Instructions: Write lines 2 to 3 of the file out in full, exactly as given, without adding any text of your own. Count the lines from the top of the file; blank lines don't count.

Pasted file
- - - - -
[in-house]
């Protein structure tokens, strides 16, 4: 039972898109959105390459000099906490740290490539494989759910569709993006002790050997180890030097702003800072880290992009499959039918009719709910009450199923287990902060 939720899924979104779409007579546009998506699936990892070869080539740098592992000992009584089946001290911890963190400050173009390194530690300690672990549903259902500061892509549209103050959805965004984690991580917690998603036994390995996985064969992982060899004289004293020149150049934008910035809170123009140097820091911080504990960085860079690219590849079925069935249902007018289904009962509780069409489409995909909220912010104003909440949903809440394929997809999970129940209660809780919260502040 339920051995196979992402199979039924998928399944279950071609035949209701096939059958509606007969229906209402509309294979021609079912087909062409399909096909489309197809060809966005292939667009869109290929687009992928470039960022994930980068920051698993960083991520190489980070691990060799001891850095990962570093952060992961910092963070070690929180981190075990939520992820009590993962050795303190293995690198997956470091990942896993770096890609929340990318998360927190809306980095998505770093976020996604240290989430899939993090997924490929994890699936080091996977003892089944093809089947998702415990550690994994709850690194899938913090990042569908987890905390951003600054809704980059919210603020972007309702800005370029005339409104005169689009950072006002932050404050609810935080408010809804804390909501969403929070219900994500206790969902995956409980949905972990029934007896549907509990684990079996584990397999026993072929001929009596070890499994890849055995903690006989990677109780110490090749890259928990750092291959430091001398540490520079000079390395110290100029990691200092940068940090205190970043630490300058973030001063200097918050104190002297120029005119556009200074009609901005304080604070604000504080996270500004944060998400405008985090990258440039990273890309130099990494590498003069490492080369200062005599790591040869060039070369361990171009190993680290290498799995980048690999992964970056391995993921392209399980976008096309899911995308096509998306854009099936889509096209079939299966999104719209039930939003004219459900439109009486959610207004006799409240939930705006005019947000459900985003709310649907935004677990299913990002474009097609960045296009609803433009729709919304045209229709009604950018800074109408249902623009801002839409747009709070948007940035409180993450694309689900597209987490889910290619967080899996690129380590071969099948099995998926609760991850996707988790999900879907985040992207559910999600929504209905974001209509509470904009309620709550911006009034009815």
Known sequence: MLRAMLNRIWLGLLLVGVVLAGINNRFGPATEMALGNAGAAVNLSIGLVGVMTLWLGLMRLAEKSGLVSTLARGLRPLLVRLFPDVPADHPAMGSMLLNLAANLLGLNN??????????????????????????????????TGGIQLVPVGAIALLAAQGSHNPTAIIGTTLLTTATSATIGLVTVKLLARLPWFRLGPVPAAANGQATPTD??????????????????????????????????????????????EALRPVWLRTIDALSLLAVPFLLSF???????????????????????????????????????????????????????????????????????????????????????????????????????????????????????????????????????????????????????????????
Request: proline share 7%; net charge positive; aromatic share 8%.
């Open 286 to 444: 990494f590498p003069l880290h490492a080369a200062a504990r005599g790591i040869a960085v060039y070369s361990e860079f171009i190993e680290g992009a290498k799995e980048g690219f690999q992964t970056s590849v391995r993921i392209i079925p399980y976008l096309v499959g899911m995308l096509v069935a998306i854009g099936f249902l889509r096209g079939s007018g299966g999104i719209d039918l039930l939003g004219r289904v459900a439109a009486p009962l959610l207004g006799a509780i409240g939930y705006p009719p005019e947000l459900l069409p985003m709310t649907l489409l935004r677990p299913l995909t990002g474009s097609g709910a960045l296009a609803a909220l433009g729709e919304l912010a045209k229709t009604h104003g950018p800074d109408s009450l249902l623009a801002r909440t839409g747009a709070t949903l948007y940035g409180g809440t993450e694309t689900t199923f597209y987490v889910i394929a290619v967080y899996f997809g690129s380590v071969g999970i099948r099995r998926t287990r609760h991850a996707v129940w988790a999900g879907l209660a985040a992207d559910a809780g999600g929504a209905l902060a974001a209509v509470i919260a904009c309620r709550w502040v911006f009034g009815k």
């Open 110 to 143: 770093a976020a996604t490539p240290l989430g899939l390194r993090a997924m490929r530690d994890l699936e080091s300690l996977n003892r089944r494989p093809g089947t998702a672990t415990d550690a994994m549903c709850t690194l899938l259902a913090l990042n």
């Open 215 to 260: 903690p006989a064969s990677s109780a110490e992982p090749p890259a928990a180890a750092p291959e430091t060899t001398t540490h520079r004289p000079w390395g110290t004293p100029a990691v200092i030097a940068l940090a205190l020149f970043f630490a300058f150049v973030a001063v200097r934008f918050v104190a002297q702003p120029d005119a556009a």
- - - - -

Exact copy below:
């Protein structure tokens, strides 16, 4: 039972898109959105390459000099906490740290490539494989759910569709993006002790050997180890030097702003800072880290992009499959039918009719709910009450199923287990902060 939720899924979104779409007579546009998506699936990892070869080539740098592992000992009584089946001290911890963190400050173009390194530690300690672990549903259902500061892509549209103050959805965004984690991580917690998603036994390995996985064969992982060899004289004293020149150049934008910035809170123009140097820091911080504990960085860079690219590849079925069935249902007018289904009962509780069409489409995909909220912010104003909440949903809440394929997809999970129940209660809780919260502040 339920051995196979992402199979039924998928399944279950071609035949209701096939059958509606007969229906209402509309294979021609079912087909062409399909096909489309197809060809966005292939667009869109290929687009992928470039960022994930980068920051698993960083991520190489980070691990060799001891850095990962570093952060992961910092963070070690929180981190075990939520992820009590993962050795303190293995690198997956470091990942896993770096890609929340990318998360927190809306980095998505770093976020996604240290989430899939993090997924490929994890699936080091996977003892089944093809089947998702415990550690994994709850690194899938913090990042569908987890905390951003600054809704980059919210603020972007309702800005370029005339409104005169689009950072006002932050404050609810935080408010809804804390909501969403929070219900994500206790969902995956409980949905972990029934007896549907509990684990079996584990397999026993072929001929009596070890499994890849055995903690006989990677109780110490090749890259928990750092291959430091001398540490520079000079390395110290100029990691200092940068940090205190970043630490300058973030001063200097918050104190002297120029005119556009200074009609901005304080604070604000504080996270500004944060998400405008985090990258440039990273890309130099990494590498003069490492080369200062005599790591040869060039070369361990171009190993680290290498799995980048690999992964970056391995993921392209399980976008096309899911995308096509998306854009099936889509096209079939299966999104719209039930939003004219459900439109009486959610207004006799409240939930705006005019947000459900985003709310649907935004677990299913990002474009097609960045296009609803433009729709919304045209229709009604950018800074109408249902623009801002839409747009709070948007940035409180993450694309689900597209987490889910290619967080899996690129380590071969099948099995998926609760991850996707988790999900879907985040992207559910999600929504209905974001209509509470904009309620709550911006009034009815």
Known sequence: MLRAMLNRIWLGLLLVGVVLAGINNRFGPATEMALGNAGAAVNLSIGLVGVMTLWLGLMRLAEKSGLVSTLARGLRPLLVRLFPDVPADHPAMGSMLLNLAANLLGLNN??????????????????????????????????TGGIQLVPVGAIALLAAQGSHNPTAIIGTTLLTTATSATIGLVTVKLLARLPWFRLGPVPAAANGQATPTD??????????????????????????????????????????????EALRPVWLRTIDALSLLAVPFLLSF???????????????????????????????????????????????????????????????????????????????????????????????????????????????????????????????????????????????????????????????